Our body is made up of hundreds of joints, approximately 360 joints to be exact, all of which allow us to move around and complete our daily activities. Thus, whenever there is a complication or dysfunction to a joint it can be detrimental for our ability to complete normal work tasks or limit our ability to do things, we enjoy such as playing sports or going to the gym. Joint dysfunctions can present in different ways with the most obvious being pain presentation to a specific area. Although, pain isn’t the only tell-tale sign that something isn’t working correctly. We may also notice a reduction in range of motion and a feeling of “hitting a block” when trying to move through our normal ranges of motion. The term joint dysfunction is an umbrella term for issues attaining to a particular joint/s, so in this post we will look at the most common joint presentations that come into the clinic.
Osteoarthritis is the most common joint-related condition that will present to our clinic. Osteoarthritis, more commonly known as degenerative joint disease (DJD), can affect any of 360 joints in our body. For DJD to occur, the hyaline cartilage that provides a smooth surfaced for our joints to glide across becomes thin and breaks away leading to pain around the joint, reduction in range of motion, and swelling around the affected joint. It eventually gets to a point where it purely bone rubbing against bone which leads to significant joint pain and damage. One thing I will say is that if you have found out that you have DJD it DOES NOT mean that it is the cause of your pain. If you have an x-ray and there a finding of DJD just know that it can be an insignificant finding so don’t let it scare you. So who is prone to osteoarthritic changes? à Older population, females, Overweight individuals, previous history of joint damage, and people with muscle weakness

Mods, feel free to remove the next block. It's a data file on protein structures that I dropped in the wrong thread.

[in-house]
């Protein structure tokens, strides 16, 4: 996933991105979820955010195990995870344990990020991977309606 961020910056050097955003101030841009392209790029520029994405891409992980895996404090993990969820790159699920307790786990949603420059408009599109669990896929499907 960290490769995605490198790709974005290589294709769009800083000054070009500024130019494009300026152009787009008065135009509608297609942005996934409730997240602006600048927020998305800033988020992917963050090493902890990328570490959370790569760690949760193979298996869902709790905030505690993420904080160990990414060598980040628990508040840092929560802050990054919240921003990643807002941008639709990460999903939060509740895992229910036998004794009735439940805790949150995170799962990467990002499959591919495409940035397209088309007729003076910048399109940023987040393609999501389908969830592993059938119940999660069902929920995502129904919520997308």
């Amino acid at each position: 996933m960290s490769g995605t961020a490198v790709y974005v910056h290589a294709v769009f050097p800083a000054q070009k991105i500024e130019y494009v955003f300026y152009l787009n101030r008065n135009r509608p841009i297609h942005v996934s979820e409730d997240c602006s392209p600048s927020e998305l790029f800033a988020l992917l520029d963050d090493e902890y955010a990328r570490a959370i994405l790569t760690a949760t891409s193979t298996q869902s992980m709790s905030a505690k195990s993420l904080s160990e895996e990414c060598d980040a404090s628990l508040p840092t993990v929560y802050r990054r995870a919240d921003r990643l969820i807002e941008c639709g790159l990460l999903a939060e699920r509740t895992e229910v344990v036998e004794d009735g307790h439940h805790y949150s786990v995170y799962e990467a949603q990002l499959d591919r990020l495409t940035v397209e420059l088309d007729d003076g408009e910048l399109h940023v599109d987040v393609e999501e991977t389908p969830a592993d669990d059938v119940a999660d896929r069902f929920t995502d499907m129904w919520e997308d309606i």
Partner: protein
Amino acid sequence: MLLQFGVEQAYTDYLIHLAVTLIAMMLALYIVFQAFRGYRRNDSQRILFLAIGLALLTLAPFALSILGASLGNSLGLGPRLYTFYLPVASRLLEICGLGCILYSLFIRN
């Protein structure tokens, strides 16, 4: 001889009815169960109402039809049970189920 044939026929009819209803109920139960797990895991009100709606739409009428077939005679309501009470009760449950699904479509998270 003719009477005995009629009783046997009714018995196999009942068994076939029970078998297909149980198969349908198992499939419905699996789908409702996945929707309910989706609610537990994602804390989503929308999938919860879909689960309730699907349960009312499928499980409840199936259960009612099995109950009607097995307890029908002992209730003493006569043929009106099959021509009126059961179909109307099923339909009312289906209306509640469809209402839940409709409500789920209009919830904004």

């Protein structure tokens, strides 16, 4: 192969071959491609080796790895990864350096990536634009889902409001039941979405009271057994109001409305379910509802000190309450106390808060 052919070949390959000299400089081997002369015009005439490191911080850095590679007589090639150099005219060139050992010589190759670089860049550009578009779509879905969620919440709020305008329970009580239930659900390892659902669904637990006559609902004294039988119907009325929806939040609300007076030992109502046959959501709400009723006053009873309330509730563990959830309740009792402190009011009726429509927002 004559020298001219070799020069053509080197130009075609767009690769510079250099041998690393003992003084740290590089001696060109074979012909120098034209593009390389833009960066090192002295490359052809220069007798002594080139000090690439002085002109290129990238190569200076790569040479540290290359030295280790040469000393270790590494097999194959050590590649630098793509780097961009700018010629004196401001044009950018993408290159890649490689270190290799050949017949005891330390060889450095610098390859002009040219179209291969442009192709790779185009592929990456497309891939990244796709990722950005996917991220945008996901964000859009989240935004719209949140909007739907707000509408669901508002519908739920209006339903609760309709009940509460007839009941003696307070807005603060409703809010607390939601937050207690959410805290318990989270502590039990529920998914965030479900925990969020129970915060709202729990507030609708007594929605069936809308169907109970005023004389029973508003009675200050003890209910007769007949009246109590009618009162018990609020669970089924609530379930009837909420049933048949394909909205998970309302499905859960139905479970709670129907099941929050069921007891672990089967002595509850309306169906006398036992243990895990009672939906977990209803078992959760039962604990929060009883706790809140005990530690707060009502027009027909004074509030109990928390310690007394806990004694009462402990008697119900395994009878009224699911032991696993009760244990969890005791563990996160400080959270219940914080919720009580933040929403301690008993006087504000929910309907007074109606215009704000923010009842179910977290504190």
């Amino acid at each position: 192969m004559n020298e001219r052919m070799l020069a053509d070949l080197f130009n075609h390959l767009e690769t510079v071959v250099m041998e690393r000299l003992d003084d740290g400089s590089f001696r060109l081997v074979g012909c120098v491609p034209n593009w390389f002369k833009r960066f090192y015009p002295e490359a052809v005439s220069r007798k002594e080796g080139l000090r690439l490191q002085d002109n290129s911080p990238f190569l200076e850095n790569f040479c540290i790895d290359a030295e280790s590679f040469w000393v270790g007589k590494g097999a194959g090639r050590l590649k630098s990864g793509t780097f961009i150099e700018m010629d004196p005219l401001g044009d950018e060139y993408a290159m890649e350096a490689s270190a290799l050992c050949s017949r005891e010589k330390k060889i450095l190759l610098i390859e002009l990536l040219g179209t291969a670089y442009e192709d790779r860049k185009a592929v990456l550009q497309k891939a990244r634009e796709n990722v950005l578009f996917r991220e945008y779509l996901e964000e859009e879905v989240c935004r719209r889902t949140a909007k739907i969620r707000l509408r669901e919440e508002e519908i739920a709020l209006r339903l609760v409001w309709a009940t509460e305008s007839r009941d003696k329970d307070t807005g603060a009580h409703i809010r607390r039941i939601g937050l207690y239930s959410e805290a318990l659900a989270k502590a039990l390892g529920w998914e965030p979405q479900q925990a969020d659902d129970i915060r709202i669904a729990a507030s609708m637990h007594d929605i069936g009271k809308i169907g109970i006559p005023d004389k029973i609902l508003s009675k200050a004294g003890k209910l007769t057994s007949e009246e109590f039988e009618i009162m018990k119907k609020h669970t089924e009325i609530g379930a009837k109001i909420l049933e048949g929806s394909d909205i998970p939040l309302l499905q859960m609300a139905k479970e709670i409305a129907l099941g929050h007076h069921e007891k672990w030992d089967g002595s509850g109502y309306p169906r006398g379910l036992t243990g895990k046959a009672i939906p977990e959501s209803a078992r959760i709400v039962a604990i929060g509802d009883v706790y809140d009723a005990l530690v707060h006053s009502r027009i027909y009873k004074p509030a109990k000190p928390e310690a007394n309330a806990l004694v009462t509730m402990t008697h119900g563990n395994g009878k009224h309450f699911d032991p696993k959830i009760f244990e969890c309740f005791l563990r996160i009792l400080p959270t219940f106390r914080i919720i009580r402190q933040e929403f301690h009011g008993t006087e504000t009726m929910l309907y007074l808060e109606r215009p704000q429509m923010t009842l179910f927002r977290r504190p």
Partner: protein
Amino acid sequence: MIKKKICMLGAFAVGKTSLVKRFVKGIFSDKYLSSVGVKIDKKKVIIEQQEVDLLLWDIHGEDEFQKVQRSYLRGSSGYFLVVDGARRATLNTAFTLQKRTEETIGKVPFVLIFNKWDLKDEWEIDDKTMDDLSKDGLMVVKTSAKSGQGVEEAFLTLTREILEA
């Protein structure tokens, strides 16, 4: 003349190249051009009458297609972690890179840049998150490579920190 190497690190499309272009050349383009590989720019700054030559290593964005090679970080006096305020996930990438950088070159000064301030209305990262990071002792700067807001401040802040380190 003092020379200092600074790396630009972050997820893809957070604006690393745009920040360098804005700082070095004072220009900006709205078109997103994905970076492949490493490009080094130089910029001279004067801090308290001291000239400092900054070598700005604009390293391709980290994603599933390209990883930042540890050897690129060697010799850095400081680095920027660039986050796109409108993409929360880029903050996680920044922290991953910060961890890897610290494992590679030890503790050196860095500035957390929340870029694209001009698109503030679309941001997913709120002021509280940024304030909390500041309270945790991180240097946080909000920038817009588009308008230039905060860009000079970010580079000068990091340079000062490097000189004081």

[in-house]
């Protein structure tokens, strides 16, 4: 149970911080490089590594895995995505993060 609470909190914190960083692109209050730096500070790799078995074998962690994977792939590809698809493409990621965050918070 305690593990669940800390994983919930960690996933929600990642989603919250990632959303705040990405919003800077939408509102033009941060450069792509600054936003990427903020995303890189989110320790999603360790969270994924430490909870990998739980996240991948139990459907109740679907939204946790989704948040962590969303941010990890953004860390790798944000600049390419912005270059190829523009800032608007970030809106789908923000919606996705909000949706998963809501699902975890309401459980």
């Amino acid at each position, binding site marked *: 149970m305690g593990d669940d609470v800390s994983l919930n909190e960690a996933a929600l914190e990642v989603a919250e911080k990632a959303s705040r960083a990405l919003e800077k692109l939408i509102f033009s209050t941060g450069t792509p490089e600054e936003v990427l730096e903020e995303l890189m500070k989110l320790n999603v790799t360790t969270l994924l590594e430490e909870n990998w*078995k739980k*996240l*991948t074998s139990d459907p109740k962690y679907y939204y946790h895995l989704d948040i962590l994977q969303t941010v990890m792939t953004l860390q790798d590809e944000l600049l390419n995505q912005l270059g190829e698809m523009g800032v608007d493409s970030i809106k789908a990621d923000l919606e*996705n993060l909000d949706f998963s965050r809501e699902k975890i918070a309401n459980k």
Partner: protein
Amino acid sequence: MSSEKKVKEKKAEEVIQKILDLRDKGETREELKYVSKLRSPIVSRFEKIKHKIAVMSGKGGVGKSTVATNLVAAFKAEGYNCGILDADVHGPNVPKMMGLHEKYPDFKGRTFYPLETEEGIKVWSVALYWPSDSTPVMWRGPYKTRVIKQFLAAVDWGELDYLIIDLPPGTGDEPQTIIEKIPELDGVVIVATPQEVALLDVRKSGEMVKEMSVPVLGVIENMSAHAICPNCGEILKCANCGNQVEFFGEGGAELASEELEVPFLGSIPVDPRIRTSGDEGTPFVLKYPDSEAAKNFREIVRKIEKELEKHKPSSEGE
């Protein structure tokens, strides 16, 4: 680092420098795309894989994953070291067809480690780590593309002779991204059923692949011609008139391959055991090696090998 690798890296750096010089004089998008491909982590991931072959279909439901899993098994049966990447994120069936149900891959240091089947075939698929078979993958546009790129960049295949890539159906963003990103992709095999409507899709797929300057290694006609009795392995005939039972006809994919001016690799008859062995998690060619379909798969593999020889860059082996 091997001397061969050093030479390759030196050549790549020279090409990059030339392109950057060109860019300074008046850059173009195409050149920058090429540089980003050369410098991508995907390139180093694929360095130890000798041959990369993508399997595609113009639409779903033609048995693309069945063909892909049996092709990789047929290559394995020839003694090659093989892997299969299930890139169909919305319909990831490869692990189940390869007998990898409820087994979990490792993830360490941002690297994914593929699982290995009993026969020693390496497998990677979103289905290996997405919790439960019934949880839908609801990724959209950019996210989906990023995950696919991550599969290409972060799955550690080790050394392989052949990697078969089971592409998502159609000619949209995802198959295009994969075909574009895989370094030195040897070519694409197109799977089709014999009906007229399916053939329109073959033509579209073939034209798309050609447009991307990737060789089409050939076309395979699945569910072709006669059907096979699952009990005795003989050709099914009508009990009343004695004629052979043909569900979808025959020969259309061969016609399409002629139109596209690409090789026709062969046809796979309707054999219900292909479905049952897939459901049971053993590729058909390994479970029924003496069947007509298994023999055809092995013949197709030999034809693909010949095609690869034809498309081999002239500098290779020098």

Treatment for OA:
- Paracetamol for temporary symptom relief
- Aerobic exercise/aerobic rehab plans
- Manual therapy may include joint mobilisation to increase range of motion as well as soft tissue therapy
Gout is not a fun condition to have, and I don’t envy any that has suffered gout. Gout occurs when deposits of monosodium urate crystals appear in the joints causing an extremely painful inflammatory reaction at the affected joint. There are several risk factors that can increase the risk of gout such as being a male over 40 years old, obesity, purine-rich diet, alcohol, and genetics. Also, patients who have a history of chronic health concerns such as chronic kidney disease, high blood pressure, and diabetes are also more prone to experiencing gout. Patients will generally present with red, inflamed, and swollen joints which have been affected. The most common location for gout to attack is in the big toe of either foot.
Treatment for gout:
- Ice therapy
- Maintenance of joint ROM/strength
- Pharmacological management through a GP